As soon as I started listening to this audiobook series, I *knew!* I had found another after canon for Holmes I could stand behind and cheer the author on as he continues to develop these stories! There is something innately authentic about them – you’ll notice it as soon as you hear and/or read them and I, for one, am thankful I had the chance to listen to another one so soon after the first! As I started off the year on such a strong footing of #newtomeauthors and it is lovely I get to end the year on a similar note!
If you are unfamiliar with Mr Todd’s spin on Holmes, you might enjoy knowing I had this to stay about his adaptive styling of a Sherlockian story:
I truly loved the language and articulation of the characters’ thoughts as spirited through how Mr Todd etched out a familiar dialogue of a traditional Holmes story-line. You can find this tale could be easily inserted into the canon, to offer a clue to some of the missing cases Holmes could have tackled during those moments we were unfamiliar with his wanderings. Even the way in which he had Holmes and Watson conferring with each other was quite lovely as they were acting in the manners in which we’ve grown accustomed to them being found.
It was just the focus on Holmes himself which endeared me to this story, but rather how equal I found Watson being focused upon as well. Watson sometimes can become overshadowed by Holmes, but in this novella, it felt as if Watson had his equal due of the spotlight which was wonderful as you get to see how he thinks out what he’s observing whilst you get a small insight how he is as a doctor when a crisis an arise. I truly enjoyed getting to know Watson a bit better in this vein of light and of seeing how the duality of the narrative shifting between both his and Holmes’ perspectives were aptly handled by Mr Todd.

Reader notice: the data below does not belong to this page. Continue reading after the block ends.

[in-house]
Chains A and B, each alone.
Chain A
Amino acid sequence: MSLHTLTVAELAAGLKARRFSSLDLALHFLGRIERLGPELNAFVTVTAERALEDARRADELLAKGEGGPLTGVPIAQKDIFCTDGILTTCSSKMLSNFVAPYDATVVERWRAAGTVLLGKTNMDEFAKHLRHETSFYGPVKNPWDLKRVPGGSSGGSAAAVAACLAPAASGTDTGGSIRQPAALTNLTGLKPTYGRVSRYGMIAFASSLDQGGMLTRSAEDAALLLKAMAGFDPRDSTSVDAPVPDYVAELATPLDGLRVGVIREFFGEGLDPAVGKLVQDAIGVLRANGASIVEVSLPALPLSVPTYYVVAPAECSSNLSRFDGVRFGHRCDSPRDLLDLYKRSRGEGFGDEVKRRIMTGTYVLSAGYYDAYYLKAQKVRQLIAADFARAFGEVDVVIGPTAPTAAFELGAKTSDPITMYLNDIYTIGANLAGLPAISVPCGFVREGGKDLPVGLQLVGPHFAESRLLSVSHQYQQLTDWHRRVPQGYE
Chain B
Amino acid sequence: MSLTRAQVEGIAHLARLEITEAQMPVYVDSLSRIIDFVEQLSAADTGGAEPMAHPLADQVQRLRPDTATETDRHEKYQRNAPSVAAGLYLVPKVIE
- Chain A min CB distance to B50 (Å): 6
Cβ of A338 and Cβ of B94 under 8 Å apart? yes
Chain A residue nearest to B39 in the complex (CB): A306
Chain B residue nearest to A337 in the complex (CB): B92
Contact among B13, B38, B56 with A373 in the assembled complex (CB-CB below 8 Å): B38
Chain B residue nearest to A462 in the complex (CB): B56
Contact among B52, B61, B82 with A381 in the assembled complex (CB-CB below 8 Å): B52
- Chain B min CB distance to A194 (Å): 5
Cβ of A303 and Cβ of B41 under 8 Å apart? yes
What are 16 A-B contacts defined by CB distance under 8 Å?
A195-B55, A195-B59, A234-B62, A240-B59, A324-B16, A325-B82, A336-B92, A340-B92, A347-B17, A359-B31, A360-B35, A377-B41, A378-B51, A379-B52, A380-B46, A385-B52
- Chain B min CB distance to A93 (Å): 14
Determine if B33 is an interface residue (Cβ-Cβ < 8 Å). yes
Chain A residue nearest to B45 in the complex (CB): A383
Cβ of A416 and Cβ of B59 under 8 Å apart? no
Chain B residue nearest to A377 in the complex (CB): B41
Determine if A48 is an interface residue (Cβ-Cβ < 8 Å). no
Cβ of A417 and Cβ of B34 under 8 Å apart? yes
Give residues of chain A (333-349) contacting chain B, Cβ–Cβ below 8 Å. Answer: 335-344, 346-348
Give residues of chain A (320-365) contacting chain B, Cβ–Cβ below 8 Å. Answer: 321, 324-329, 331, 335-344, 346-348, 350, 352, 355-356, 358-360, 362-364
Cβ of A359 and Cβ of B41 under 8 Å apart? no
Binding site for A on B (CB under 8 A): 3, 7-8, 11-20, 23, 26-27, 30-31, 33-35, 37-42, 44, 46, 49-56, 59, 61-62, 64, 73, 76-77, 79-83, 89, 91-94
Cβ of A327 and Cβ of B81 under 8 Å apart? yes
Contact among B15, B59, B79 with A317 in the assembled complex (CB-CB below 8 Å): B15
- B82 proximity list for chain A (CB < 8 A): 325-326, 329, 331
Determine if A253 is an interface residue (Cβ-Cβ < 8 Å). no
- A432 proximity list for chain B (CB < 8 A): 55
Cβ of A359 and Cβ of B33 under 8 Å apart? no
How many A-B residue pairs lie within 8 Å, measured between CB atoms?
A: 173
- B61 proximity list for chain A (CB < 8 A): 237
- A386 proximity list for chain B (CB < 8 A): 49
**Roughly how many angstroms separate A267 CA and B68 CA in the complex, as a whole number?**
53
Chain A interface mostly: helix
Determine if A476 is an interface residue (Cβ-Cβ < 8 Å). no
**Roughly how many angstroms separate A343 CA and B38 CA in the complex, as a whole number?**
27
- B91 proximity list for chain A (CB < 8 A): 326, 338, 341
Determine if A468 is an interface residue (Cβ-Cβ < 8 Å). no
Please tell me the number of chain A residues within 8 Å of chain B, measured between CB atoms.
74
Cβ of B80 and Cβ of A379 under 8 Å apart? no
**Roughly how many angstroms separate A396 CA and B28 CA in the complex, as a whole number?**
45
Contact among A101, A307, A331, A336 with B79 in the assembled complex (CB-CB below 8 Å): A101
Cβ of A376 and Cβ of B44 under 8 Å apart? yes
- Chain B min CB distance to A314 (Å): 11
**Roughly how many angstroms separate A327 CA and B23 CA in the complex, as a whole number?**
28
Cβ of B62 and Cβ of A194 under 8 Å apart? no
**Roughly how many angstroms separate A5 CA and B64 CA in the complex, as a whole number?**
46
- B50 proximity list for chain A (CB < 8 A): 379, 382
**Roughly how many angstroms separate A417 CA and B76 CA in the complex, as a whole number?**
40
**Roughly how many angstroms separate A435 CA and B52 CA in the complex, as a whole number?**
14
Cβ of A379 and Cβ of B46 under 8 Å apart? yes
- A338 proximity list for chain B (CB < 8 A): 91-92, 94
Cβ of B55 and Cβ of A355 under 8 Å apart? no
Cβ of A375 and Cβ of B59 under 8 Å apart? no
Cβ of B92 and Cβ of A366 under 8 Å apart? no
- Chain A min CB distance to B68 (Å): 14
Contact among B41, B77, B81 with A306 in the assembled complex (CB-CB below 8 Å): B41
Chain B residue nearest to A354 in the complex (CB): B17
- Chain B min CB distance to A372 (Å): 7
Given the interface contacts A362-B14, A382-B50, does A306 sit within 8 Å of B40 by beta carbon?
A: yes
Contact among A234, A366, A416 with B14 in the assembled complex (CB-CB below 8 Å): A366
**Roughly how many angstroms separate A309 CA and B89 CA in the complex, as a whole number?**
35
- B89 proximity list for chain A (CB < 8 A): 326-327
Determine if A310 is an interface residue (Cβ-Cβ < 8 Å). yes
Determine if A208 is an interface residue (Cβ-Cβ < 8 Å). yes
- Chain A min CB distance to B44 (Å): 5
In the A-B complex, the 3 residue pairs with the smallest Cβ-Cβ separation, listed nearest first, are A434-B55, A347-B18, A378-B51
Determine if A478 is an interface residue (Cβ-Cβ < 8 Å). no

Everything about this novella felt true to the spirit of Holmes, which is what I was hoping to find inside it. I enjoyed watching how Mr Todd pulled everything together – from how he moved from changing the points of view between the characters we all know and love and the new ones who were giving Holmes quite a good chase! I am looking forward to seeing more by Mr Todd where he embraces his Holmes inclinations and gives us all a lovely collection of stories we can read alongside the original canon with a heap of joy.
Murder in Keswick
by William Todd
Source: Audiobook via Audiobookworm Promotions
Narrator: Ben Werling
While on a well-deserved holiday in the Lake District to get away from the toils and troubles of London, Holmes and Watson find no respite. As soon as they exit the train, they hear news of a grisly murder making its way around the murmuring commuters. A local aristocrat, Mr. Darcy, has been found missing his head!
And that very night, the wealthy widow finds a stranger in her home who, upon seeing her, abandons his plans and quickly leaves. She believes the intruder to be the murderer of her husband who is now after a large sum of cash she keeps in the house safe.
Unsure if the would-be thief is the murderer or an opportunistic burglar, Holmes devises a plan to catch the burglar, all the while investigating the murder of Mr. Darcy. Follow Holmes, Watson, and the local constable Mr. Wickham as they untangle the mystery surrounding a Murder in Keswick.
Places to find the book:
Add to LibraryThing
Also by this author: Guest Post about A Reflection in Evil, Sherlock Holmes in a Reflection in Evil
Also in this series: Sherlock Holmes in a Reflection in Evil
Genres: After Canons, Classic Detective, Classical Literature, Crime Fiction, Literary Fiction, Re-telling &/or Sequel, Short Story or Novella
Published by Self Published
on 16th October, 2018
Format: Audiobook | Digital
Length: 2 hours and 38 minutes (unabridged)
Self Published Audiobook
William Todd’s Sherlock Holmes stories:
Sherlock Holmes in A Reflection of Evil
Sherlock Holmes and the Mystery of the Broken Window
Sherlock Holmes and the Murder at Keswick
Formats Available: Paperback, Ebook and Audiobook
Reading this book contributed to these challenges: